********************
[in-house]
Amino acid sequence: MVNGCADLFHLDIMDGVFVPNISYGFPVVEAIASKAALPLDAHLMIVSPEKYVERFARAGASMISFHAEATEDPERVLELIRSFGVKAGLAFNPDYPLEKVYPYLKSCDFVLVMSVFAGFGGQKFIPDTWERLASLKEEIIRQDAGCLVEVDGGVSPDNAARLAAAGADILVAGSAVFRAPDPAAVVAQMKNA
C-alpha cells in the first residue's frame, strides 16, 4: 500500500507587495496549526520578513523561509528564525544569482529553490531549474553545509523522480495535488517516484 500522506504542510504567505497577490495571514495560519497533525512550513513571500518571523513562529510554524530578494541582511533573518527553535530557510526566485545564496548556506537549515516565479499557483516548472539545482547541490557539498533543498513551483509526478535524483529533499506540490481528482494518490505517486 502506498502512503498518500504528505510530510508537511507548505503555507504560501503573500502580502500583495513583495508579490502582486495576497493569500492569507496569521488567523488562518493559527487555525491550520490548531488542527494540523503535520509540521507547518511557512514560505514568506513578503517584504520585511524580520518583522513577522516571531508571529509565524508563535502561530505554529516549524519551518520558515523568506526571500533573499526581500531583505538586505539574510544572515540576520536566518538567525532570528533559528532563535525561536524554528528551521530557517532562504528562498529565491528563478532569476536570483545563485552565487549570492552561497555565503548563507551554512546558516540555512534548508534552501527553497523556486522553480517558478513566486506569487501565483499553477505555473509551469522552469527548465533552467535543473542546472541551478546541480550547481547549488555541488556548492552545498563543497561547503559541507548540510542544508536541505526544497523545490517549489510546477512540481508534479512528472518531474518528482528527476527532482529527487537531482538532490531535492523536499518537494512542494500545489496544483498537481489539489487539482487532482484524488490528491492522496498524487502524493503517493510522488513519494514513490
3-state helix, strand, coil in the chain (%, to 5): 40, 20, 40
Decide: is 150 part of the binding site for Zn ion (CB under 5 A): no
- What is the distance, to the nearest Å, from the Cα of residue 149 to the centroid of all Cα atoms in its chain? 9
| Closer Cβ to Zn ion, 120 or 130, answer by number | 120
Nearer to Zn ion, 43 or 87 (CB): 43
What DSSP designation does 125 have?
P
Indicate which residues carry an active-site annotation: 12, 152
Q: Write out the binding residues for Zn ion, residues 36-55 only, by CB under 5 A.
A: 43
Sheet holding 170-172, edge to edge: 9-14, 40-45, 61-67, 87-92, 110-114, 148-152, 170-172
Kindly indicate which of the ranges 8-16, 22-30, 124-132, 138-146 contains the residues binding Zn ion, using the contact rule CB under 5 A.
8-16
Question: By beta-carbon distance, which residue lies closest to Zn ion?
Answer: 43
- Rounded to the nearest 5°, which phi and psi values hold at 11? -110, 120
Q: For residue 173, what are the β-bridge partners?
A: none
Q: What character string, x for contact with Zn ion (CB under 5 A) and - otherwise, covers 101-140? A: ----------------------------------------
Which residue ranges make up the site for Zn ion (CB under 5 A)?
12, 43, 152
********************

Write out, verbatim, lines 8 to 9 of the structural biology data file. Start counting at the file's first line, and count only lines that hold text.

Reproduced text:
Nearer to Zn ion, 43 or 87 (CB): 43
What DSSP designation does 125 have?